He was gentle and kind and loving and a he was a happy person and a happy child. And what happened, God only knows, because I don’t. … When he lived in Texas with us, he had Hispanic friends and he had black friends. You know, there was none of that.
Wade Michael Page’s stepmother, Laura Page • Discussing how she remembers the suspect in the Sikh temple shooting over the weekend. She divorced Page’s father and hadn’t seen Wade since 1999 (before he got caught up in the white supremacist movement), so when he surfaced in the news recently, it was as a much different person than the one she knew. Page, who was killed in the shooting, is suspected of killing six people at a Sikh temple near Milwaukee. (more here)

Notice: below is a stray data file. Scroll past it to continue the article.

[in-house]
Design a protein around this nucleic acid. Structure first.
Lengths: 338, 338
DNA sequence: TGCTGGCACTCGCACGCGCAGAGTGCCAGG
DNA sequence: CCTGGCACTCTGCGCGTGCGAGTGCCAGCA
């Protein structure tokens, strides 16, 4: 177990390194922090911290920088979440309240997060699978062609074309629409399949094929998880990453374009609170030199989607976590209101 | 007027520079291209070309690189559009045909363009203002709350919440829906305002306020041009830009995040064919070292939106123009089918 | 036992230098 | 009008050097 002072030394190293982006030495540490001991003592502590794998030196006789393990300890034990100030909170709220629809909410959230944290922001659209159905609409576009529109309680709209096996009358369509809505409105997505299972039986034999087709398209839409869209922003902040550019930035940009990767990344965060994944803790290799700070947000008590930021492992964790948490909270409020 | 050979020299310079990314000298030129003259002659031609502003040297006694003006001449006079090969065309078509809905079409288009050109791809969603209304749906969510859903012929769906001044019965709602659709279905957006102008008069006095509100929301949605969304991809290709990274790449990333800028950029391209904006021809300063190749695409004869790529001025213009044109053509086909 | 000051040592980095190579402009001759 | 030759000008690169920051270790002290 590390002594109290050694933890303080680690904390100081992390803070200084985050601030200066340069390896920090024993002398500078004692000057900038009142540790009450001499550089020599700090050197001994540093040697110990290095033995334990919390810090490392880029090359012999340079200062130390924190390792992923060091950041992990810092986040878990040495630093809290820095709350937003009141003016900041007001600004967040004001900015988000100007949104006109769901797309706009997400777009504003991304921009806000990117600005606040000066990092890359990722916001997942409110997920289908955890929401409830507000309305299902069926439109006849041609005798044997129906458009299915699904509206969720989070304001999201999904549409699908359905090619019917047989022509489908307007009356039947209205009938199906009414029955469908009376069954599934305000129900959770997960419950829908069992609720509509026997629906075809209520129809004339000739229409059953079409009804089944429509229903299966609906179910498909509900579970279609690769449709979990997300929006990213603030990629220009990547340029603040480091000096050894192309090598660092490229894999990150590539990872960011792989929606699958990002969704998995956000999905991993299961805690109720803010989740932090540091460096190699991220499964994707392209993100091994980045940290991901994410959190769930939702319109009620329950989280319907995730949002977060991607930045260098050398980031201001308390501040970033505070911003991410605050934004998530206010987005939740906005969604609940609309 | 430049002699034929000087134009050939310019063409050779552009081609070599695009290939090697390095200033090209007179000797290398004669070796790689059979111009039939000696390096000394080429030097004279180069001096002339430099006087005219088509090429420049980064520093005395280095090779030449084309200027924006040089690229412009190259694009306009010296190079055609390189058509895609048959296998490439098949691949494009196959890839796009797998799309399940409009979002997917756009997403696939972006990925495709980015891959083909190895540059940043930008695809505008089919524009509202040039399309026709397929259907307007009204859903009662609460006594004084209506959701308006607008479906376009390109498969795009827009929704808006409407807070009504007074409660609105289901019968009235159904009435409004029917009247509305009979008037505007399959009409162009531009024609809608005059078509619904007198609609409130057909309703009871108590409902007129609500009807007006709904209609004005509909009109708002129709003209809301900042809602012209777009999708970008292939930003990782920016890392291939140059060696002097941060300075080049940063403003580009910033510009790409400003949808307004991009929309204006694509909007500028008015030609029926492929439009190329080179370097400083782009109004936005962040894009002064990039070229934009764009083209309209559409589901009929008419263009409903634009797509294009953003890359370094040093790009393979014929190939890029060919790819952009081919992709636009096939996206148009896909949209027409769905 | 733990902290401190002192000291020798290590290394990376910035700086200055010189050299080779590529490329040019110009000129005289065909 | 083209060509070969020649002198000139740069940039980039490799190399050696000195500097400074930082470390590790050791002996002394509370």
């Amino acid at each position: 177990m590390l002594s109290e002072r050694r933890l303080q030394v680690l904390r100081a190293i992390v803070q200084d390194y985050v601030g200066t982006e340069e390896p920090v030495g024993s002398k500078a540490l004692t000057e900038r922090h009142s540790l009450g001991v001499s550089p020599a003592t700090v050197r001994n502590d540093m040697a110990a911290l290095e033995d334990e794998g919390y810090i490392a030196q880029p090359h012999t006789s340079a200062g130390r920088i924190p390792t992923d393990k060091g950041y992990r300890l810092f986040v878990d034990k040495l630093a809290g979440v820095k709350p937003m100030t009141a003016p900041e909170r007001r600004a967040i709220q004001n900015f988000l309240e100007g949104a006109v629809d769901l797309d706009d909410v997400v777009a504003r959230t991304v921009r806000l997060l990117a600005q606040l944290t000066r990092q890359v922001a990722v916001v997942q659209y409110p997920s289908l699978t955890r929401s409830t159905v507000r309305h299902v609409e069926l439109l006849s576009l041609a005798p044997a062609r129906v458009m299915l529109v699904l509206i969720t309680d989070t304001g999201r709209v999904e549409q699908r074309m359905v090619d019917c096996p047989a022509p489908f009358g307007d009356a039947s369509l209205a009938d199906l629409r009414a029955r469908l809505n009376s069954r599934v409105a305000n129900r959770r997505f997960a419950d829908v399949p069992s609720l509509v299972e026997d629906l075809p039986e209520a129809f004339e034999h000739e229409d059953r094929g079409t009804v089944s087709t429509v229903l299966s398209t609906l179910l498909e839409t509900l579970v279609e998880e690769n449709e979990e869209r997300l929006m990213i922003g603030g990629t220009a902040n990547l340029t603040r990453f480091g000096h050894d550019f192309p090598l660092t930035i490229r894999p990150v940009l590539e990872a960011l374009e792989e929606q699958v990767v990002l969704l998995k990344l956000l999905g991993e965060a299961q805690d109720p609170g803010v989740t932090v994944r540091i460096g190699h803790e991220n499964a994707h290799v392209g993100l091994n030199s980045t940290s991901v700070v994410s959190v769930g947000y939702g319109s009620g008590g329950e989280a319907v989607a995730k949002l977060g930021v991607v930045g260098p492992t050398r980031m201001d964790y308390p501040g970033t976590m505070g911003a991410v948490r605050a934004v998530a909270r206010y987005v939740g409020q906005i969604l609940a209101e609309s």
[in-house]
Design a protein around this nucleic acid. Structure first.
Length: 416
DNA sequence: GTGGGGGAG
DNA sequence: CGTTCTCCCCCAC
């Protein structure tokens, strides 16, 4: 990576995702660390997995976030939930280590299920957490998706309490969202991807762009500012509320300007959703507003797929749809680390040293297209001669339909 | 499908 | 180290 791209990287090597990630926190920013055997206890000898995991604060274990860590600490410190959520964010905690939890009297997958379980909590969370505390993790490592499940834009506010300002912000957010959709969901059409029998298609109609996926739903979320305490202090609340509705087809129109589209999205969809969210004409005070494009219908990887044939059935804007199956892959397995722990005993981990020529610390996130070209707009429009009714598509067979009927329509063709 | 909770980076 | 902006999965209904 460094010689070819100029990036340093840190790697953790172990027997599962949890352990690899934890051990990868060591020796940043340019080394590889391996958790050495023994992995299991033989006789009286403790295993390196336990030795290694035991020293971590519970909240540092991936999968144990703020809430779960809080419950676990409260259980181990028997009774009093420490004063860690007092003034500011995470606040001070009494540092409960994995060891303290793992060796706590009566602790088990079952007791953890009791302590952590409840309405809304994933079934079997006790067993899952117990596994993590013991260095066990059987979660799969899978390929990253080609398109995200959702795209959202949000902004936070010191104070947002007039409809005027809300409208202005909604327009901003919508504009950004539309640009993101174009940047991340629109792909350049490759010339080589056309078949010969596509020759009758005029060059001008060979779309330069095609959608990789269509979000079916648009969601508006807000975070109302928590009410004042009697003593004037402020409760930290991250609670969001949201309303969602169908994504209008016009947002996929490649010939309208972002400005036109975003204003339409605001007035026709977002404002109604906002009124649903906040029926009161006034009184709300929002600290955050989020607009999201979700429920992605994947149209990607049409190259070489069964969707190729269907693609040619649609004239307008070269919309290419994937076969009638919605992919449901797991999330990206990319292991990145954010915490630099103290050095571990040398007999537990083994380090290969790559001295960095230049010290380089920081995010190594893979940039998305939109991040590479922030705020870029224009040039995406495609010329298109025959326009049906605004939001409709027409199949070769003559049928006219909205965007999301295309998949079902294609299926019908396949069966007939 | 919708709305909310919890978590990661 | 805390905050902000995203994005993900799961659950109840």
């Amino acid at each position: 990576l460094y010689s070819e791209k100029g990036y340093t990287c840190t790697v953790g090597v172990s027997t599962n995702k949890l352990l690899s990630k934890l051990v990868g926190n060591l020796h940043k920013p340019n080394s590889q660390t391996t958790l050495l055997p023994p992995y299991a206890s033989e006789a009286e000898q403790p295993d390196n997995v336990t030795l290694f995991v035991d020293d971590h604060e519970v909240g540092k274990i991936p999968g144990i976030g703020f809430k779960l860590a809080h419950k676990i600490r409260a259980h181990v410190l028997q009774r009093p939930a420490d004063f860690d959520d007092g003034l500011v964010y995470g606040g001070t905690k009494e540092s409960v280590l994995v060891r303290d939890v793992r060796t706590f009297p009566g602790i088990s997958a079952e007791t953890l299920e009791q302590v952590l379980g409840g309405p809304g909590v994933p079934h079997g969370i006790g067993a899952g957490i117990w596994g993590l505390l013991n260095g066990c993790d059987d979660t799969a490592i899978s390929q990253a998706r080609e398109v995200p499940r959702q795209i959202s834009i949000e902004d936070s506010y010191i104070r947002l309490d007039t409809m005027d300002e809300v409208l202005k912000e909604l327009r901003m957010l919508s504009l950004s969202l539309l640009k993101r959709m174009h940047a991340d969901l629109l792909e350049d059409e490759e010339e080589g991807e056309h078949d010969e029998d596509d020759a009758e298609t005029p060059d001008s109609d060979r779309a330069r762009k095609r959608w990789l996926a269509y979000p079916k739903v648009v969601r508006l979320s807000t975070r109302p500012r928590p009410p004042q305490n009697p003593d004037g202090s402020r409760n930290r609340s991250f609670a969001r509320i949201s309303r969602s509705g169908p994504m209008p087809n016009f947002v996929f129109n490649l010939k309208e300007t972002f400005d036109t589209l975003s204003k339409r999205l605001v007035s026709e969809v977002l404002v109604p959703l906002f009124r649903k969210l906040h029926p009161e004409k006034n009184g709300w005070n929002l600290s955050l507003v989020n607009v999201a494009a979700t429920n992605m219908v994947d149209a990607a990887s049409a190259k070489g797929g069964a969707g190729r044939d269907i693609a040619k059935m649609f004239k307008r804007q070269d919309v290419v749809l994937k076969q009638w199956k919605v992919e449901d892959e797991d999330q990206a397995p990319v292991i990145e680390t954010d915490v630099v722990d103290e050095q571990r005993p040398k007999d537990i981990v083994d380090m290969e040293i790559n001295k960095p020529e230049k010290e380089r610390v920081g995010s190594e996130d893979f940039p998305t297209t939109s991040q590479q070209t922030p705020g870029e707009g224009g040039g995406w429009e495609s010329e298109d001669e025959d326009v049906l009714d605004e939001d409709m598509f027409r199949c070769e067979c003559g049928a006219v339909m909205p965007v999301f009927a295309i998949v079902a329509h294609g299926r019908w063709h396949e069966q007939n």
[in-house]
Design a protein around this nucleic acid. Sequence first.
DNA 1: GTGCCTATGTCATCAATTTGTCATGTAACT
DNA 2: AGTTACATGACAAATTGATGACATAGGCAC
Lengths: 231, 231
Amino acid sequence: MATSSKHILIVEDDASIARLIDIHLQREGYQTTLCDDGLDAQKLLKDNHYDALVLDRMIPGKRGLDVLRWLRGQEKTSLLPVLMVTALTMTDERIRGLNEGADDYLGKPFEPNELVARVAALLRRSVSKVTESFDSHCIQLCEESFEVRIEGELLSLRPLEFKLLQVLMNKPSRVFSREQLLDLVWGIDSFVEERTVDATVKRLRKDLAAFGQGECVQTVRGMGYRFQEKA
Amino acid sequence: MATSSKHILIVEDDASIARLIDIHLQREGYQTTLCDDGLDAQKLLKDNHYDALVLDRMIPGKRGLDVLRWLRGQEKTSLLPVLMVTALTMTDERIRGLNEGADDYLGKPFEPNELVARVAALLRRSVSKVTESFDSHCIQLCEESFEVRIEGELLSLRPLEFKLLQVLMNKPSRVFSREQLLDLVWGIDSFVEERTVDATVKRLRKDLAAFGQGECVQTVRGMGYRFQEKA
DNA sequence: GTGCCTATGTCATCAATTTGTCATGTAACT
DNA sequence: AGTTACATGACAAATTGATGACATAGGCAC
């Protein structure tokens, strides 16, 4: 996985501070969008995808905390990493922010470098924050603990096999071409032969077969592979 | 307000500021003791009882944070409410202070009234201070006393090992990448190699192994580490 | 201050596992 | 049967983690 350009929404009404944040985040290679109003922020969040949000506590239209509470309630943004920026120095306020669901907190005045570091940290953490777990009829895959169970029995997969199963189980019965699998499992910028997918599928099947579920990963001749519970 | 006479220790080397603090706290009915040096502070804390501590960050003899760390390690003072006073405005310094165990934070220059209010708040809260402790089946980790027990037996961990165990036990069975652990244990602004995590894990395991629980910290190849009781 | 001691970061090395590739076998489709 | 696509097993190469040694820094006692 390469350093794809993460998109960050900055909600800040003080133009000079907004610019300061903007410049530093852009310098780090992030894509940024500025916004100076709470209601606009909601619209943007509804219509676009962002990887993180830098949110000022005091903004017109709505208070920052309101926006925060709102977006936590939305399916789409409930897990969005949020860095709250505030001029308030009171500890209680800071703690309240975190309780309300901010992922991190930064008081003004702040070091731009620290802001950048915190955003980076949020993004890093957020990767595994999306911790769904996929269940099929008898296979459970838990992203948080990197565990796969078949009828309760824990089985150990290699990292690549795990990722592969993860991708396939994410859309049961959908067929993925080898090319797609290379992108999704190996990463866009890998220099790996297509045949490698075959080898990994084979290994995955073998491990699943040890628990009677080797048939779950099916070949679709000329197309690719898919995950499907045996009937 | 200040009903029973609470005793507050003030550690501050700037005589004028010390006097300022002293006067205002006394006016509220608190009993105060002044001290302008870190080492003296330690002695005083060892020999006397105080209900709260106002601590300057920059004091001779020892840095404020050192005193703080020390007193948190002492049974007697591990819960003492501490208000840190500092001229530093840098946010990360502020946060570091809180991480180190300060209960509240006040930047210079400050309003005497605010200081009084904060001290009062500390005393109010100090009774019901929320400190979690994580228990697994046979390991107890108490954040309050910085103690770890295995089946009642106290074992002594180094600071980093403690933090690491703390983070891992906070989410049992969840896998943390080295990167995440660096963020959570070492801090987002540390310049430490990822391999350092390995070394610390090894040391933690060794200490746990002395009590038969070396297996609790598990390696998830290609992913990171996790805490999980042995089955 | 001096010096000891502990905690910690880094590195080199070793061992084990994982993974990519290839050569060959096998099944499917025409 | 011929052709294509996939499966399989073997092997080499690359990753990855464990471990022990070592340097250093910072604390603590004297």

Meet Bryon Widner. He used to be a white supremacist. When Widner left the movement in 2006, he had a lot to work past to prove that he no longer believed the things he once did — much of it on his own face. “This wasn’t just a few tattoos,” noted plastic surgeon Dr. Bruce Shack. “This was an entire canvas.” Widner had to fight hard to get these tattoos removed and get on with his life, turning former enemies into allies and working with the Southern Poverty Law Center. An anonymous donor paid for the changes to his face (which were incredibly painful), but he paid an even bigger price for the changes to his life. After years of being an “enforcer” for the Vinlanders Social Club, a notable white supremacist group, he quit. He had to leave his Michigan home to get a sense of normalcy. He went for it — for his kids, and for his wife, and to get a second chance. Now, as you can see, the tattoos are gone. He suffers health issues (he has to stay out of the sun), but he says “it’s a small price to pay for being human again.” An impressive redemption story. (Editor’s note: This storyhas two parts.)